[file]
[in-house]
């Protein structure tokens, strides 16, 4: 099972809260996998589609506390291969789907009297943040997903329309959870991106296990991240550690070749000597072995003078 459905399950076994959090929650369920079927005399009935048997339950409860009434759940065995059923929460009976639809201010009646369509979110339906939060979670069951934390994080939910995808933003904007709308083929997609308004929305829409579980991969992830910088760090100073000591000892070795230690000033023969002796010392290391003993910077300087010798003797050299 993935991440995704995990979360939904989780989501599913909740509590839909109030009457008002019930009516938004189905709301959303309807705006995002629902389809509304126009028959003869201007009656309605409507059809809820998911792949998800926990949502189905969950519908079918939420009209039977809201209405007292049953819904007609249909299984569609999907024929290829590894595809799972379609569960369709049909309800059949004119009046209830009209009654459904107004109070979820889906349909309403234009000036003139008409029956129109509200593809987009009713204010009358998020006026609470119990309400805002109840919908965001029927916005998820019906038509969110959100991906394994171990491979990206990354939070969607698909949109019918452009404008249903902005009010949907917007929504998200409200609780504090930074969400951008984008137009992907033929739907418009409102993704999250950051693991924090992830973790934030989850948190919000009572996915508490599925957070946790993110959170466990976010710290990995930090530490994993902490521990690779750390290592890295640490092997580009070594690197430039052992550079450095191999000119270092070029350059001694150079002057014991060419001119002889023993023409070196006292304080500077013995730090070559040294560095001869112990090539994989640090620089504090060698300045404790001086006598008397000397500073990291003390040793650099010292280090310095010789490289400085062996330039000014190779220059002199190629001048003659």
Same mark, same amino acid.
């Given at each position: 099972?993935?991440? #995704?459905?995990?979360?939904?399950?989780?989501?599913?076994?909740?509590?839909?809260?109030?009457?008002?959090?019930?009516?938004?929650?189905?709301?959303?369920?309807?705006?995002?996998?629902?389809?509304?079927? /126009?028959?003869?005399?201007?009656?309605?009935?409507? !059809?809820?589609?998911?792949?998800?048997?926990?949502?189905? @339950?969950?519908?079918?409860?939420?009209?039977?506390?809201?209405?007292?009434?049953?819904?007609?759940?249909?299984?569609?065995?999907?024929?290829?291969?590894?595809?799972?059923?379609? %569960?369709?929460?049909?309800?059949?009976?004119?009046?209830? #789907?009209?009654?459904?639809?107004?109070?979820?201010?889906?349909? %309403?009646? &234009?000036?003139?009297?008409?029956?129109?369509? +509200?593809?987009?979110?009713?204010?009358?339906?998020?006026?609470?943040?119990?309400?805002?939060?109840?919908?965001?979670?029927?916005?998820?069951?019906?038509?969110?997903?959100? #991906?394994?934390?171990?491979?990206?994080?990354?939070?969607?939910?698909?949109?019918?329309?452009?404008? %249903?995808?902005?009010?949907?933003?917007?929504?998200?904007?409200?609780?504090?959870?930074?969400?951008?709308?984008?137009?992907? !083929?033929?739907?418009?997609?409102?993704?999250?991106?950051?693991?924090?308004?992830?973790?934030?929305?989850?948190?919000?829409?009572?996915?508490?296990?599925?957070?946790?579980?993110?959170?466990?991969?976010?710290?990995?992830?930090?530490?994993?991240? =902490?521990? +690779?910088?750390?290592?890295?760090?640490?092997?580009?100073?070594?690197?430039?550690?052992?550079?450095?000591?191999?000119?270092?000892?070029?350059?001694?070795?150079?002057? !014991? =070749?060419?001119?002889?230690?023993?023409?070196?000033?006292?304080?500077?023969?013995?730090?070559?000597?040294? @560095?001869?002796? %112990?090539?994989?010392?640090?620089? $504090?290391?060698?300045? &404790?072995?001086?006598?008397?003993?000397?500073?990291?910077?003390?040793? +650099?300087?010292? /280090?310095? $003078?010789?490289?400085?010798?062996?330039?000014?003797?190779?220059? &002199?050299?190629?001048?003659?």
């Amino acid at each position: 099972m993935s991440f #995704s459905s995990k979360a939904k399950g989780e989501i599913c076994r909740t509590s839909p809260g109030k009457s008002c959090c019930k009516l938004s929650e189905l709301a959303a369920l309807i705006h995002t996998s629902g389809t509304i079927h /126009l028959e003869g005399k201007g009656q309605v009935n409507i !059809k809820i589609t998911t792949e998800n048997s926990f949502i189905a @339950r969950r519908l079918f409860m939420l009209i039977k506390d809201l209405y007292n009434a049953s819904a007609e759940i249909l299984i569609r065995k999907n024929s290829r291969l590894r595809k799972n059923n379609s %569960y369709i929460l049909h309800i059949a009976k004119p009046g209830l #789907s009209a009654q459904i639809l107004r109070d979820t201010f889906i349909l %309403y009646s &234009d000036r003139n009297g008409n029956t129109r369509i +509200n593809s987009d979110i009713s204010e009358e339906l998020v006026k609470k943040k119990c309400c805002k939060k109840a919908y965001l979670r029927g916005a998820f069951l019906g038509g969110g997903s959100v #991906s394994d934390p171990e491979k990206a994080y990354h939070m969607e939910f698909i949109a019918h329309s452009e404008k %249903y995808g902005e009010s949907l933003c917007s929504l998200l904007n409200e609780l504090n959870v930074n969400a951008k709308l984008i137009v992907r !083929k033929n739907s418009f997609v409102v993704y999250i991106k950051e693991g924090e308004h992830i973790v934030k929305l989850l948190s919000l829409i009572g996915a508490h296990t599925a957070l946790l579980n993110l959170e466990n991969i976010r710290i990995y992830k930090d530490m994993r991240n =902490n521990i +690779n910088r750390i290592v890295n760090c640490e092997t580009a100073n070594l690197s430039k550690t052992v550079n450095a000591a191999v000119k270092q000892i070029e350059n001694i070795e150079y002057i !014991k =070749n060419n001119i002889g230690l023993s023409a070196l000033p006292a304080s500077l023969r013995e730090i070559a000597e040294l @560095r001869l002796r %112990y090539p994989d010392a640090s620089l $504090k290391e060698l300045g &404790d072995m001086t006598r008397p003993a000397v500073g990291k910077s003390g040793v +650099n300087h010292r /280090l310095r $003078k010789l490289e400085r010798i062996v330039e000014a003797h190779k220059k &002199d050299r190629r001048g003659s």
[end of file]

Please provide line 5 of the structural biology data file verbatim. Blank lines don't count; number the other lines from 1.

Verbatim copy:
């Amino acid at each position: 099972m993935s991440f #995704s459905s995990k979360a939904k399950g989780e989501i599913c076994r909740t509590s839909p809260g109030k009457s008002c959090c019930k009516l938004s929650e189905l709301a959303a369920l309807i705006h995002t996998s629902g389809t509304i079927h /126009l028959e003869g005399k201007g009656q309605v009935n409507i !059809k809820i589609t998911t792949e998800n048997s926990f949502i189905a @339950r969950r519908l079918f409860m939420l009209i039977k506390d809201l209405y007292n009434a049953s819904a007609e759940i249909l299984i569609r065995k999907n024929s290829r291969l590894r595809k799972n059923n379609s %569960y369709i929460l049909h309800i059949a009976k004119p009046g209830l #789907s009209a009654q459904i639809l107004r109070d979820t201010f889906i349909l %309403y009646s &234009d000036r003139n009297g008409n029956t129109r369509i +509200n593809s987009d979110i009713s204010e009358e339906l998020v006026k609470k943040k119990c309400c805002k939060k109840a919908y965001l979670r029927g916005a998820f069951l019906g038509g969110g997903s959100v #991906s394994d934390p171990e491979k990206a994080y990354h939070m969607e939910f698909i949109a019918h329309s452009e404008k %249903y995808g902005e009010s949907l933003c917007s929504l998200l904007n409200e609780l504090n959870v930074n969400a951008k709308l984008i137009v992907r !083929k033929n739907s418009f997609v409102v993704y999250i991106k950051e693991g924090e308004h992830i973790v934030k929305l989850l948190s919000l829409i009572g996915a508490h296990t599925a957070l946790l579980n993110l959170e466990n991969i976010r710290i990995y992830k930090d530490m994993r991240n =902490n521990i +690779n910088r750390i290592v890295n760090c640490e092997t580009a100073n070594l690197s430039k550690t052992v550079n450095a000591a191999v000119k270092q000892i070029e350059n001694i070795e150079y002057i !014991k =070749n060419n001119i002889g230690l023993s023409a070196l000033p006292a304080s500077l023969r013995e730090i070559a000597e040294l @560095r001869l002796r %112990y090539p994989d010392a640090s620089l $504090k290391e060698l300045g &404790d072995m001086t006598r008397p003993a000397v500073g990291k910077s003390g040793v +650099n300087h010292r /280090l310095r $003078k010789l490289e400085r010798i062996v330039e000014a003797h190779k220059k &002199d050299r190629r001048g003659s």